Vanessa Gera, Vadim Ghirda and the central Europe team made AP the first major news organization to take a serious look at readiness in the countries most likely to be affected, as fighting around Ukraine’s nuclear power plants and Russia’s threats to use nuclear weapons reawaken nuclear fears in Europe.

Some of Ukraine’s neighboring countries have started distributing potassium iodide pills, and officials are preparing old Soviet-era nuclear shelters for possible use.

After two weeks spent persuading authorities to give AP’s journalists access to the underground shelters, Warsaw, Poland, correspondent Gera and colleagues reported comprehensively and responsibly for all formats on European readiness for a possible nuclear attack. The team was careful to avoid sensationalizing the coverage or raising unnecessary fears on an already anxious continent.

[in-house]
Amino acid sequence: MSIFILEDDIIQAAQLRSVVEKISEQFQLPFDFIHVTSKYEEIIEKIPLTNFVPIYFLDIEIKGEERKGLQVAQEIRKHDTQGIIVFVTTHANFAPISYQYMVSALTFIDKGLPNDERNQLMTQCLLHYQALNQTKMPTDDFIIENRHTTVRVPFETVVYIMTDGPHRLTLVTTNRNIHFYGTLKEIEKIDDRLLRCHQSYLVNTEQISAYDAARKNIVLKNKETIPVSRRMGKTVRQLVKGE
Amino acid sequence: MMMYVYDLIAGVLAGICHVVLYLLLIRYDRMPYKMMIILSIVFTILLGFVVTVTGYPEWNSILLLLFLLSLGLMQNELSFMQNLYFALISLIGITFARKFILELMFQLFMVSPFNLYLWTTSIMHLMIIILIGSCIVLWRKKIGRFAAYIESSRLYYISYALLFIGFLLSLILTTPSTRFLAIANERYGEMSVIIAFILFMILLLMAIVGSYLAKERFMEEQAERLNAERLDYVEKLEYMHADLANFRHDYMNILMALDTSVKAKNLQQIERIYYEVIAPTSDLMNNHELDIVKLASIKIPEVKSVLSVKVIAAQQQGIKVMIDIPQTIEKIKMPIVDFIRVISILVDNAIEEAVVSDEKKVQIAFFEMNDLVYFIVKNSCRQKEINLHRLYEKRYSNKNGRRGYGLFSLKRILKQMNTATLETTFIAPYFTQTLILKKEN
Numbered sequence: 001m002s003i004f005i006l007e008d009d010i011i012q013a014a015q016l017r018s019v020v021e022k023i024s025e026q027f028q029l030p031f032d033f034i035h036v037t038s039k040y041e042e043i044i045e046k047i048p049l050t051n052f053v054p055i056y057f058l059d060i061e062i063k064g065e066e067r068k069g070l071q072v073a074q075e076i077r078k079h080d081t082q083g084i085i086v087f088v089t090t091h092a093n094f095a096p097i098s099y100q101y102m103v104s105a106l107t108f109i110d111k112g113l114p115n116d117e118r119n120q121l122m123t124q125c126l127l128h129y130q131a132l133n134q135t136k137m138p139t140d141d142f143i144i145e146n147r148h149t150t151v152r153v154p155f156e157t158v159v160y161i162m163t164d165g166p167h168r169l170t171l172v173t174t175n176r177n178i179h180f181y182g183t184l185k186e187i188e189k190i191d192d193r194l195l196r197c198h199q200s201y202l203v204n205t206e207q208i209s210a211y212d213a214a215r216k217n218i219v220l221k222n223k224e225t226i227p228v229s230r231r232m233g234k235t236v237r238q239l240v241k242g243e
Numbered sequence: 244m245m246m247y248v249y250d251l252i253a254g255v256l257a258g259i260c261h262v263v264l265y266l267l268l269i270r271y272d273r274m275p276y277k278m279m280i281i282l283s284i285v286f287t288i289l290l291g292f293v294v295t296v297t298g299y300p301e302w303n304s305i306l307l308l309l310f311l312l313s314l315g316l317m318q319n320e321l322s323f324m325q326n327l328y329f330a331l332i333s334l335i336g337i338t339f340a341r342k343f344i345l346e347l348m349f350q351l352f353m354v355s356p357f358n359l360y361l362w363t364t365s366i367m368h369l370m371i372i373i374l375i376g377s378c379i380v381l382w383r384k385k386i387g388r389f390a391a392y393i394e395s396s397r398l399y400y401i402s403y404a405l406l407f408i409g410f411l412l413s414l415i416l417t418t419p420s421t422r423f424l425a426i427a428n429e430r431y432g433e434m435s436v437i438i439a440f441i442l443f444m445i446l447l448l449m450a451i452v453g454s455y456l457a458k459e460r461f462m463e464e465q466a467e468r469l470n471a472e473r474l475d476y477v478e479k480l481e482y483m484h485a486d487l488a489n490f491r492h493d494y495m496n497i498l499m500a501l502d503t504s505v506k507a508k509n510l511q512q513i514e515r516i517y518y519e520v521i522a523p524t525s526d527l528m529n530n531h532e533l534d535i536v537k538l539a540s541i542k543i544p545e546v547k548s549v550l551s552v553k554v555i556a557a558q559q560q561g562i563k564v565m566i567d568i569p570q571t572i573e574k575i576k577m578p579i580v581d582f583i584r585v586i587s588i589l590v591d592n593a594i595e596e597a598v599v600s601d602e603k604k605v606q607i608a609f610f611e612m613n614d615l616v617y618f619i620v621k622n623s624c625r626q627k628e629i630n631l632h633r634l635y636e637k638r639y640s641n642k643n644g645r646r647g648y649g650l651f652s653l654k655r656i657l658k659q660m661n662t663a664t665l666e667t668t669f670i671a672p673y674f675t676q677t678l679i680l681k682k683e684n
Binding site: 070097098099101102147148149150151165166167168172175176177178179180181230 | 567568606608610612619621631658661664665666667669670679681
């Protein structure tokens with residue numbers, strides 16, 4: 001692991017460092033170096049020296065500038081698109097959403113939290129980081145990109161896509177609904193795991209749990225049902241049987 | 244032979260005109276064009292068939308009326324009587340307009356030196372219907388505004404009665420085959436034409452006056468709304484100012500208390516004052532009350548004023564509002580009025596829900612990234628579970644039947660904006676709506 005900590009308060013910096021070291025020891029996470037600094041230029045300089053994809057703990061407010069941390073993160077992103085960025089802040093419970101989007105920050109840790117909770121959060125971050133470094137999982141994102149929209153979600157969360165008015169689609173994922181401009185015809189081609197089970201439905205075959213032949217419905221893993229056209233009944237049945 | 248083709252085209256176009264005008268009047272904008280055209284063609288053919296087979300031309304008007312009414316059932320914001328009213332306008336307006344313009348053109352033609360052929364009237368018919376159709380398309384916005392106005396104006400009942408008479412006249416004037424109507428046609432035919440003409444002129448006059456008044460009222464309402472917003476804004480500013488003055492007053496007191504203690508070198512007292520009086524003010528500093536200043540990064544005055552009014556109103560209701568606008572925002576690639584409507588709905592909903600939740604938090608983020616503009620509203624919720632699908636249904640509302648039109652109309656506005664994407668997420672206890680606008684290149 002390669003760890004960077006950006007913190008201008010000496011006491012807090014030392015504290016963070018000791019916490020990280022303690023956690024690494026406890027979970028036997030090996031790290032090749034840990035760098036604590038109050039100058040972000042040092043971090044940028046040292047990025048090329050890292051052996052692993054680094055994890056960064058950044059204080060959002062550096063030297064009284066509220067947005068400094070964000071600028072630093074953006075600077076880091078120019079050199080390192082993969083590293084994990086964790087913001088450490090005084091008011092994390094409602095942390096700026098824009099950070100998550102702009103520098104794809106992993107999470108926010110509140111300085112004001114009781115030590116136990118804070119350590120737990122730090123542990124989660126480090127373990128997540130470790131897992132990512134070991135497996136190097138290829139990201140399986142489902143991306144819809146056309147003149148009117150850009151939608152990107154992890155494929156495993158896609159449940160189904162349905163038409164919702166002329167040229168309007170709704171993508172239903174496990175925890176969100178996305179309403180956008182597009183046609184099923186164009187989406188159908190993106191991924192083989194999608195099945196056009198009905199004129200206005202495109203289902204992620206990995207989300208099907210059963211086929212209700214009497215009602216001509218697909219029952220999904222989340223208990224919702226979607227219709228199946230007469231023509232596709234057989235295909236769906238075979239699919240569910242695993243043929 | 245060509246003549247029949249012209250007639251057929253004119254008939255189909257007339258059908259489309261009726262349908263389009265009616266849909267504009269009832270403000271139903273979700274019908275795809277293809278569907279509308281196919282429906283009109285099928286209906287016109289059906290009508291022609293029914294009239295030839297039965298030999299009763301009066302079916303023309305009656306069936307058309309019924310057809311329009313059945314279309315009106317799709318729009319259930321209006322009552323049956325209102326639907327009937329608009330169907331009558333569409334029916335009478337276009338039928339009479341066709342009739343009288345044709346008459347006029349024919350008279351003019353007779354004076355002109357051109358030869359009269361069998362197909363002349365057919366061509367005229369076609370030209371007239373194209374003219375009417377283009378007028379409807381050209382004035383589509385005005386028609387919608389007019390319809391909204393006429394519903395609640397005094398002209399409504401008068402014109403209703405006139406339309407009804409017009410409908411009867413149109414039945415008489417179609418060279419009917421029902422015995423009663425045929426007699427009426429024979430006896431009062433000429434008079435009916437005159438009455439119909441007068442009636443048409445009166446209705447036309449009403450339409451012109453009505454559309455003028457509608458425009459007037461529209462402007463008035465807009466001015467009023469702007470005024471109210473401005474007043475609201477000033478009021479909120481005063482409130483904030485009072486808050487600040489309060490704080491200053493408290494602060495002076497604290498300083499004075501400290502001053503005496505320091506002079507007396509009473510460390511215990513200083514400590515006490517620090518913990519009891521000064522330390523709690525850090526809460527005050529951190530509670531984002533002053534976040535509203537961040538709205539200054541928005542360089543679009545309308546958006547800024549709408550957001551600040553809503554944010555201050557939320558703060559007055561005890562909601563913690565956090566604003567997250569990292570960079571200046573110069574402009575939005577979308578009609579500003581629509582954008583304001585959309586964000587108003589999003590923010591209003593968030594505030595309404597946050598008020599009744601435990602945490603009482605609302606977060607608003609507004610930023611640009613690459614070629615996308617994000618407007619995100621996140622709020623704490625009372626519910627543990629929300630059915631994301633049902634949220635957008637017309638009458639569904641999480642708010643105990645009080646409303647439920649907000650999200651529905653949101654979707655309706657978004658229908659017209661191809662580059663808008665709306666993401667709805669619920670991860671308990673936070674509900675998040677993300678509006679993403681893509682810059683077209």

Contributors included Eldar Emric and Armin Durgut in Konjic, Bosnia; Karel Janicek in Prague; Bela Szandelszky and Anna Szilagyi in Budapest, Hungary; Michal Dyjuk in Warsaw, Poland; Jan M. Olsen in Copenhagen, Denmark; Jari Tanner in Helsinki, Finland; and Nicolae Dumitrache in Bucharest, Romania.

Photos from Poland, Romania, Hungary and Bosnia, with exclusive access to some of the shelters, were edited by Romania-based photographer Ghirda, while video footage was edited into three different pieces over the span of a week.

The engaging, visually rich AP story was cited in Politico and widely used by global media outlets.